In High Tide Or Low Tide, I’ll Be By Your Side

By Anna Cooke for The New Barker dog magazine

Robert E. Vierck was a Vietnam Veteran, having served in the United States Navy from 1964 to 1968. During the last few years of his life, he lived on a sailboat behind the C. W. (Bill) Young VA Medical Center in St. Petersburg. Life on the water brought him some joy. The proximity of his floating home to the VA Medical Center provided easy access for his medical needs. His only family was Arrow, a dog, who lived on the boat with him.

Ron Bittaker, co-owner of Paws Inn Paradise, a dog daycare and boarding facility in Pinellas Park, Florida is known for his big heart, especially when it comes to dogs and veterans. It’s not unusual for the folks who work at the VA Medical Center to call on Ron when they have a special situation that involves a dog. Sometimes it’s to provide temporary boarding for the dog while the veteran undergoes surgery or some other medical treatment that requires a brief stay in the hospital. Other times, it may be long term, for when a veteran is in the care of hospice.

Ron graciously and unceremoniously provides this as a service to the men and women who have served in the military. More often than not, many of the veterans who need this  type of assistance are not in a financial position to pay for boarding. Keeping families together and dogs out of shelters are two priorities for Ron and his staff. Many people who work or volunteer in dog rescue already know this about Ron.

When Mr. Vierck was unexpectedly admitted to the VA hospital, he left Arrow behind on his boat. After being called by the VA, Ron took his dinghy out to the sailboat to assess the situation. Arrow was the boat’s protector and did not take kindly to a stranger floating around the perimeter.

Every day for three weeks, Ron returned to the sailboat to feed Arrow. “I just put the food up on the boat, never actually boarding the boat.”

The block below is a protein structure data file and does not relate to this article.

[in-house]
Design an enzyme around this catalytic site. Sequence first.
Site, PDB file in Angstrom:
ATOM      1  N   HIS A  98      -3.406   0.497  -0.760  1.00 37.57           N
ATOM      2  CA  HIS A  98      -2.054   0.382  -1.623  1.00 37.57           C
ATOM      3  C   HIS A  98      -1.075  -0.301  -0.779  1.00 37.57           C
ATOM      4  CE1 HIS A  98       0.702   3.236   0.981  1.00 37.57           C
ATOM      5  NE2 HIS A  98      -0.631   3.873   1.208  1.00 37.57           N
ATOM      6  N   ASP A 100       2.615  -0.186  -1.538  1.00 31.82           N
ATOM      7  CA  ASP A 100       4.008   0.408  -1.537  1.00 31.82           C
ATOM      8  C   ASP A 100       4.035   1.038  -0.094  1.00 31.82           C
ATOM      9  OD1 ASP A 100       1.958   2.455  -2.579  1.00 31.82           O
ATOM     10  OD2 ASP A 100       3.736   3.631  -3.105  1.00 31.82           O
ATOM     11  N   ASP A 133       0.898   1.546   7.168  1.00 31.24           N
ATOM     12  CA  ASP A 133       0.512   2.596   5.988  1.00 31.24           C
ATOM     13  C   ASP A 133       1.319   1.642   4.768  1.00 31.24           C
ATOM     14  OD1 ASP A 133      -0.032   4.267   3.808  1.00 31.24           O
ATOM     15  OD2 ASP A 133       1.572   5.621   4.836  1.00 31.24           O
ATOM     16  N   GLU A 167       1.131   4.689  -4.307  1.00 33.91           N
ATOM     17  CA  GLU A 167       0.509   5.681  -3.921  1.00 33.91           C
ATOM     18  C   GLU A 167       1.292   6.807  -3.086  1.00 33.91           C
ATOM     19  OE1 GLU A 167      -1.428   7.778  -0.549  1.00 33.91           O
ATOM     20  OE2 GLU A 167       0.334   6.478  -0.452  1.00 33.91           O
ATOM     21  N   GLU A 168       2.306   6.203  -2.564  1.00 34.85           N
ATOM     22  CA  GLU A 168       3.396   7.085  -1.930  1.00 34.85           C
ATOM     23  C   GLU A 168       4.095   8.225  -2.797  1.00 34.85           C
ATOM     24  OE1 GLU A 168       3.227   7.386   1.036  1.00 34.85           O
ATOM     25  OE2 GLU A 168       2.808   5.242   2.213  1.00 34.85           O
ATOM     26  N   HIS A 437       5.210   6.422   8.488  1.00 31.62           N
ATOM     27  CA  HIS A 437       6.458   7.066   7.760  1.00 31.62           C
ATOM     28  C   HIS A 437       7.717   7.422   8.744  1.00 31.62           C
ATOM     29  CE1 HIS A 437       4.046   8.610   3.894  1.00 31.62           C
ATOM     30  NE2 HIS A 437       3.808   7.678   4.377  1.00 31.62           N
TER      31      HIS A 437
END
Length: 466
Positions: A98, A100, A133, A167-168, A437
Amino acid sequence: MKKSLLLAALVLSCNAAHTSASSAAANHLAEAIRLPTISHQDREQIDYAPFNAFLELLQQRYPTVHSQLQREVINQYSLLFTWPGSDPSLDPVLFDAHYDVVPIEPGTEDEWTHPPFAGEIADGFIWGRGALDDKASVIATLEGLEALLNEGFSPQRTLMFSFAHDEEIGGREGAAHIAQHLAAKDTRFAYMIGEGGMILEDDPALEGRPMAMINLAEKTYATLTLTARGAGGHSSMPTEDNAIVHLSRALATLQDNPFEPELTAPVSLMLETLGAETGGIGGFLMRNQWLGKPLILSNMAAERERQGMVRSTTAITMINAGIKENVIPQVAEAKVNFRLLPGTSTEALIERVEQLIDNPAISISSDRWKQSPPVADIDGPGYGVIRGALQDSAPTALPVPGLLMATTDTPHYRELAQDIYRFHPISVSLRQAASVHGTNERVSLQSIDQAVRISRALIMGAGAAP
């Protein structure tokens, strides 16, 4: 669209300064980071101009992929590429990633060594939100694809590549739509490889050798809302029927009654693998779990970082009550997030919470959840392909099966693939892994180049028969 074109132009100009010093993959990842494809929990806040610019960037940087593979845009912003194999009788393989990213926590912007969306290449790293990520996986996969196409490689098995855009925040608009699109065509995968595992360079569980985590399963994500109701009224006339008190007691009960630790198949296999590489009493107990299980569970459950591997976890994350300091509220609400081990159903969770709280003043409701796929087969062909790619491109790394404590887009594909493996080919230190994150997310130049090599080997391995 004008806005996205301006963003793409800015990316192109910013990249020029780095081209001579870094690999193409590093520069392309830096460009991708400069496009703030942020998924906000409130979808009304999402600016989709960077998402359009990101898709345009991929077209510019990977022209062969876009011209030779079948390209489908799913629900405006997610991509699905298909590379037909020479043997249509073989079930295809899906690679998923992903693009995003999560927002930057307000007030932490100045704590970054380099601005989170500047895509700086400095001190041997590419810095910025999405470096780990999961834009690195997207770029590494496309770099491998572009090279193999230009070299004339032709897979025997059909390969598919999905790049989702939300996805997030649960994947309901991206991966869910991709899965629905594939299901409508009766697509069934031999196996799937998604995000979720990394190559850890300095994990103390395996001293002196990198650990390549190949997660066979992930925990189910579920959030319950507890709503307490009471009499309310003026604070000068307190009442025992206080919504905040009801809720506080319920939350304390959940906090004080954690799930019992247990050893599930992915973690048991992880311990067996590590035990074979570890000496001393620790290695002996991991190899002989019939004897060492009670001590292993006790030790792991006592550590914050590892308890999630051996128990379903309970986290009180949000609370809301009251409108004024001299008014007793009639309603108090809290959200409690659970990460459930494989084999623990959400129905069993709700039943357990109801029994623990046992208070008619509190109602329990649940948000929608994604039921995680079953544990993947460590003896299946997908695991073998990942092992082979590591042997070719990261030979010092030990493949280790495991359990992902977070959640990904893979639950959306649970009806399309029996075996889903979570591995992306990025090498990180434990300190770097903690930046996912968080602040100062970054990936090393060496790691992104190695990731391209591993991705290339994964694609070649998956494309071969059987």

The day after a line of storms moved off the Gulf across the Tampa Bay area, Ron anxiously visited the sailboat, only to find it capsized. Arrow was still on the boat, unharmed. Ron put in a call to Boat US, then determined that Arrow would need to be sedated in order to safely remove her from the boat.  She was still guarding her home. 

Arrow willingly took the hotdogs. Then Ron and his nephew Andy waited for the drugs to take effect. “Once Arrow was out, we lifted her off the boat and immediately took her to Medicine River Animal Hospital, where she was seen by Dr. Shauna Green,” said Ron. 

In the meantime, Boat US was on its way to the scene of the capsized boat with not one, but two boats to assist. It took a total of six hours to bail out the water and finally right the boat. Sadly, the weathered old boat had seen better days. Boat US refused to take any money for their work when they found out about the its owner.

Ron received word that Mr. Vierck was in hospice. Arrow was being well cared for by the Paws Inn Paradise staff, an obvious relief to Mr. Vierck.

The hospital does not allow dogs to visit patients, unless they are certified therapy or service dogs. An exception was made for Arrow after Ron made a few phone calls. Mr. Vierck was happy to see his dog and Arrow made it clear to everyone that the feeling was mutual. She smiled and wagged her tail the whole time.

The following day, Ron received word that Mr. Vierck had passed away. He listed Ron as his family. “He actually had a son with whom he was estranged, and we sent a certified letter to the son’s last known address in Washington state. We never received a response,” said Ron. “I made a promise to Bob that we would take care of Arrow and find her a good home.”

Eventually, Arrow was adopted by a Clearwater family. Soon after, as a companion for Arrow, they adopted Jesse, another sort-of celebrity in her own right. At only eight weeks old, Jesse was discovered injured and abandoned in an Orlando Home Depot shopping cart. Racing 4 Rescues fostered and nursed her back to health.

Recently, Ron recalled his memory of that experience with Mr. Vierck. “We went from being complete strangers to becoming good friends, brought together by a need to help his dog.”


Briefly, about The New Barker... In our 15th year of publishing original stories with award-winning photography. Reaching 30,000+ dog lovers in print each quarter. Each cover features an original work of art by a different Florida artist. Over the last 11 years, we have donated over $210,000 in cash, product, media space and money to animal welfare organizations across Florida. 30 days after the magazine is distributed and mailed, the digital version is uploaded. The New Barker: Where to stay, play, dine, and just have fun in Florida with your dogs.

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